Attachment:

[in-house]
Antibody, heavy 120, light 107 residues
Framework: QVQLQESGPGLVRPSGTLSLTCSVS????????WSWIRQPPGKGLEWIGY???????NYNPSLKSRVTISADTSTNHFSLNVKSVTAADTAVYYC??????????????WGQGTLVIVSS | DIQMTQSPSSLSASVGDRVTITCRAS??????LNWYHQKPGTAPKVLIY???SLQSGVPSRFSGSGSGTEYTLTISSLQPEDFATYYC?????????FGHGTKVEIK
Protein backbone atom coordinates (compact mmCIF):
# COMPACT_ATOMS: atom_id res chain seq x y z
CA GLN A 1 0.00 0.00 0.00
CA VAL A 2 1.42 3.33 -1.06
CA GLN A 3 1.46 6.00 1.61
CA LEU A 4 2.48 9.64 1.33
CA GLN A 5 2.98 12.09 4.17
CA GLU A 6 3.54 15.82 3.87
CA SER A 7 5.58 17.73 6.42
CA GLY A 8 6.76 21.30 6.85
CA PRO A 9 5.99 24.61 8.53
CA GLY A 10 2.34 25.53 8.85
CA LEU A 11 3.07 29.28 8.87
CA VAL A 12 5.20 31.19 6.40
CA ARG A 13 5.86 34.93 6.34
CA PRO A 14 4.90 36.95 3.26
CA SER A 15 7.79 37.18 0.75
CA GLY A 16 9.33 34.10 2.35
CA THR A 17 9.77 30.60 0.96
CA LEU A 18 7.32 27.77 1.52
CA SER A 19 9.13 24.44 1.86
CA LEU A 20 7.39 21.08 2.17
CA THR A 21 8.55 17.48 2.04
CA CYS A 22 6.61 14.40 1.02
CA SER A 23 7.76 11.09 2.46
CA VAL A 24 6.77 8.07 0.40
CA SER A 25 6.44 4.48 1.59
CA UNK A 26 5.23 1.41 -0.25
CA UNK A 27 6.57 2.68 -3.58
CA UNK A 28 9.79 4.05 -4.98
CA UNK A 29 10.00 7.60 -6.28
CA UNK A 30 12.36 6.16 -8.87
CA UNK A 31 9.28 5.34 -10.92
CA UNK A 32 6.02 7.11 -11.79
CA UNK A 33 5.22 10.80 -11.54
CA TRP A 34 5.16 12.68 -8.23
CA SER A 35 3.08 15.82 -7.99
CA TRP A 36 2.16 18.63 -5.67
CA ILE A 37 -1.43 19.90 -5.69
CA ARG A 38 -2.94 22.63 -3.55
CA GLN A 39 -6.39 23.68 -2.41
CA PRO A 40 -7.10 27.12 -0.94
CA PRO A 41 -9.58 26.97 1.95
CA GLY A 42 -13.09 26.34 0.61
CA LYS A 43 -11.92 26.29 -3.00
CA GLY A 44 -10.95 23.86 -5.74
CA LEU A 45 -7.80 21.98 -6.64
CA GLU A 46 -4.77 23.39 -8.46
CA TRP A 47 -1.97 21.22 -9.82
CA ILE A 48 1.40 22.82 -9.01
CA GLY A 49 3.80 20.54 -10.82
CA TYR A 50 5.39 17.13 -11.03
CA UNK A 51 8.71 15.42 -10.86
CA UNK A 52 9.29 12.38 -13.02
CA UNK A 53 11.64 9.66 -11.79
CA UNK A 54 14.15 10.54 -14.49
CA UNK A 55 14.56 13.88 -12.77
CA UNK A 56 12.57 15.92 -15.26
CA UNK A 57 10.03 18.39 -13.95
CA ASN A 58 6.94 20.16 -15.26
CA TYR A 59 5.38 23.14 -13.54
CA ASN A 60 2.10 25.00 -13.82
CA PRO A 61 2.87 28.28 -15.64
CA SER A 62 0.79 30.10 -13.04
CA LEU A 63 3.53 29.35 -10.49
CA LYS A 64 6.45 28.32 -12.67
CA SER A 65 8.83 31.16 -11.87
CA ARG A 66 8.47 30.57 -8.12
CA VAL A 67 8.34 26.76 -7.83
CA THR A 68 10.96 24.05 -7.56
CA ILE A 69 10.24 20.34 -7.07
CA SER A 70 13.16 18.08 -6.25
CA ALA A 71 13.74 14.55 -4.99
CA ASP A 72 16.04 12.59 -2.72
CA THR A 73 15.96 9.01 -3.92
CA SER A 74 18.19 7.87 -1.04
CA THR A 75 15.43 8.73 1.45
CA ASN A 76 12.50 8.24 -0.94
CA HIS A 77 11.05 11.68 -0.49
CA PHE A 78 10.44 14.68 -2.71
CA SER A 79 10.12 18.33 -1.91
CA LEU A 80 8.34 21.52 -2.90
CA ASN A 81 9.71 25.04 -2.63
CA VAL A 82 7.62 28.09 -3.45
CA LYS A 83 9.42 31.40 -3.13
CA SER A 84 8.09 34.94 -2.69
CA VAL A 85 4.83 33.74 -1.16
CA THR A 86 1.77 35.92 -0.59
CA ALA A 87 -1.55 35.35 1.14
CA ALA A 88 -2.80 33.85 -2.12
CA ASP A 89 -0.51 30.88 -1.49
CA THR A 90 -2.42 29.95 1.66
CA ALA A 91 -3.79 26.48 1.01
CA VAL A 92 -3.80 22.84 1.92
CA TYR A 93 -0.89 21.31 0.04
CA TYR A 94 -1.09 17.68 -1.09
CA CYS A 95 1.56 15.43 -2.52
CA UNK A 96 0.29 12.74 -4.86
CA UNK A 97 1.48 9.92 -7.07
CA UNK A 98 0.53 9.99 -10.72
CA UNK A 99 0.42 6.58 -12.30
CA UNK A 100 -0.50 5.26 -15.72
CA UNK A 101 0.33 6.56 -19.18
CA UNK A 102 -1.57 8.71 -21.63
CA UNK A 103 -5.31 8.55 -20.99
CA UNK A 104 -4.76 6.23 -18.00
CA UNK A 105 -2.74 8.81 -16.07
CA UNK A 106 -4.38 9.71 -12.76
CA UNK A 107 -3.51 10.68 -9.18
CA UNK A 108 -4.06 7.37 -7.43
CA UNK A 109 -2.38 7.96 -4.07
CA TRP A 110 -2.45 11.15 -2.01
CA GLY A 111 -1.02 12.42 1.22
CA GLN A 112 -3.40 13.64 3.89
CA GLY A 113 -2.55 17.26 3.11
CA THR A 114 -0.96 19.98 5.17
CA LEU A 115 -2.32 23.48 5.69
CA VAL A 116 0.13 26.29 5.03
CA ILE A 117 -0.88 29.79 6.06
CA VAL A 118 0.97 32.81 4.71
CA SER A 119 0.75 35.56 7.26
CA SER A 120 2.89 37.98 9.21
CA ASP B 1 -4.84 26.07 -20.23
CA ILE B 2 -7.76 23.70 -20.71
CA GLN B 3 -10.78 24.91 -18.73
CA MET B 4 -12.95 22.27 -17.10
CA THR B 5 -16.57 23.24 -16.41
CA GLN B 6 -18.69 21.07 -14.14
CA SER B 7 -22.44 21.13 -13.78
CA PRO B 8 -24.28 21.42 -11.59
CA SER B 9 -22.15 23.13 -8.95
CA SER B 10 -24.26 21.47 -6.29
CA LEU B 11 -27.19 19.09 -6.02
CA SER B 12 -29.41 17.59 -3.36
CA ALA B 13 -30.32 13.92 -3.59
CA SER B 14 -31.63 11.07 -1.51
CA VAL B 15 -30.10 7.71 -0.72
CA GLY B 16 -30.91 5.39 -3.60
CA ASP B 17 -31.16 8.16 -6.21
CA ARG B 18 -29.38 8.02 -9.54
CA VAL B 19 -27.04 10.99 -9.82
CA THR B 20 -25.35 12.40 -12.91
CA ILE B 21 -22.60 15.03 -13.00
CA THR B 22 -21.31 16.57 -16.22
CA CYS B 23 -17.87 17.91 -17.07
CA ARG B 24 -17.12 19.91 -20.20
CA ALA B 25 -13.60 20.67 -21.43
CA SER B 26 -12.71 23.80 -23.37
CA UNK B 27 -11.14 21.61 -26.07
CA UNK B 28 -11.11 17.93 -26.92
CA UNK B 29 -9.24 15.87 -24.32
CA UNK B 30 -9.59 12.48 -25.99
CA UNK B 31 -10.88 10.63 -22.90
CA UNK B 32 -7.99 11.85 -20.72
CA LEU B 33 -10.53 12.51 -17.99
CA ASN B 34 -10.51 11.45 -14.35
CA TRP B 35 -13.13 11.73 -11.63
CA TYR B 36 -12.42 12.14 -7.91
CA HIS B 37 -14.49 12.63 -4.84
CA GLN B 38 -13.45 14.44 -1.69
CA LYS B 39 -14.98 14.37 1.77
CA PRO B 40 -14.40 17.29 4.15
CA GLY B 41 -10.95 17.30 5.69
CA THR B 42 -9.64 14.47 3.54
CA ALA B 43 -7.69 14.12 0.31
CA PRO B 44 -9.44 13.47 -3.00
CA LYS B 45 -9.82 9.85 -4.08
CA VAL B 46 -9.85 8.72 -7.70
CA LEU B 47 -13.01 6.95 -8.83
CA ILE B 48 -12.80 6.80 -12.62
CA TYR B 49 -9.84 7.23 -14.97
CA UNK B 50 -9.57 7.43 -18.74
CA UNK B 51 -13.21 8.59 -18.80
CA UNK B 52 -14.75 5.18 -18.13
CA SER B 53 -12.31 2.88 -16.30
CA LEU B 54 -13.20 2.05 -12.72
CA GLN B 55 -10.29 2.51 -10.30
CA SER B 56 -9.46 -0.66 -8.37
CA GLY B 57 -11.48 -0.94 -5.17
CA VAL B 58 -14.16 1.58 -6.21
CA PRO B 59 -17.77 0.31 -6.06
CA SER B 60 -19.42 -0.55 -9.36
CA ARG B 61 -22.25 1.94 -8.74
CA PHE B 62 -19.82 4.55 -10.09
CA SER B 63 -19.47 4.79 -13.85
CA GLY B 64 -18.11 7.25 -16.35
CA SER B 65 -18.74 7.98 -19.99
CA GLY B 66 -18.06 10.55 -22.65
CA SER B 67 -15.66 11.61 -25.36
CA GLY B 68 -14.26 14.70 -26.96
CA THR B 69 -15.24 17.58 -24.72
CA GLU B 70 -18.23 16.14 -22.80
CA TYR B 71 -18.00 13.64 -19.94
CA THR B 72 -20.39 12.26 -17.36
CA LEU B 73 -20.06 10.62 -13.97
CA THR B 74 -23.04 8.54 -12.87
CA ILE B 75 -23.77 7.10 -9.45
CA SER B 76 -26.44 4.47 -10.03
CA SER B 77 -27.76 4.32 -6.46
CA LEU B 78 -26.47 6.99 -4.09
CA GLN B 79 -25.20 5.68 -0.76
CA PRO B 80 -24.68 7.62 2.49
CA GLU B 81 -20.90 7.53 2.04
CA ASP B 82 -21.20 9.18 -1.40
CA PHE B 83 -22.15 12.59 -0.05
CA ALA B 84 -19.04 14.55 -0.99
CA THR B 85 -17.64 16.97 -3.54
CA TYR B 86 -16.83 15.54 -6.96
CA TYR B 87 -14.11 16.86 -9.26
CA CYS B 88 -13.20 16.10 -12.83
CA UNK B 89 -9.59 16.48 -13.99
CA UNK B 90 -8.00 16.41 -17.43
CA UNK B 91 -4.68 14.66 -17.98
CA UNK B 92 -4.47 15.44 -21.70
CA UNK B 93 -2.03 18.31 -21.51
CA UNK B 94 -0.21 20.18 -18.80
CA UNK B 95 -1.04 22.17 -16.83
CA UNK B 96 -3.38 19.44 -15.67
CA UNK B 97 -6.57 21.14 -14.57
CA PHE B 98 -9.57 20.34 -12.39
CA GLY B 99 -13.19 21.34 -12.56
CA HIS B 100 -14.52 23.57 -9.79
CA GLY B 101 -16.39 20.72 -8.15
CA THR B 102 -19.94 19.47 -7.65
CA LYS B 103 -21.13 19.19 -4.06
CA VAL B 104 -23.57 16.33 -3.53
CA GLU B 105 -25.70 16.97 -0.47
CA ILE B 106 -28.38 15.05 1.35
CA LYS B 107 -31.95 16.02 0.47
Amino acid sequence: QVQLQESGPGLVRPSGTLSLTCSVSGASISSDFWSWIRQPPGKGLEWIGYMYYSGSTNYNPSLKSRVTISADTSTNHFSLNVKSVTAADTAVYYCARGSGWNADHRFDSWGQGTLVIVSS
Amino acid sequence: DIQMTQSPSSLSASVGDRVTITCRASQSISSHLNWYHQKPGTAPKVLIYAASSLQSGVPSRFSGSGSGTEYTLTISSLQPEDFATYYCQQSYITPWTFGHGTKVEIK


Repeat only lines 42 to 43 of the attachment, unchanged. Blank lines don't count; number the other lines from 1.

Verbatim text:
CA ILE A 37 -1.43 19.90 -5.69
CA ARG A 38 -2.94 22.63 -3.55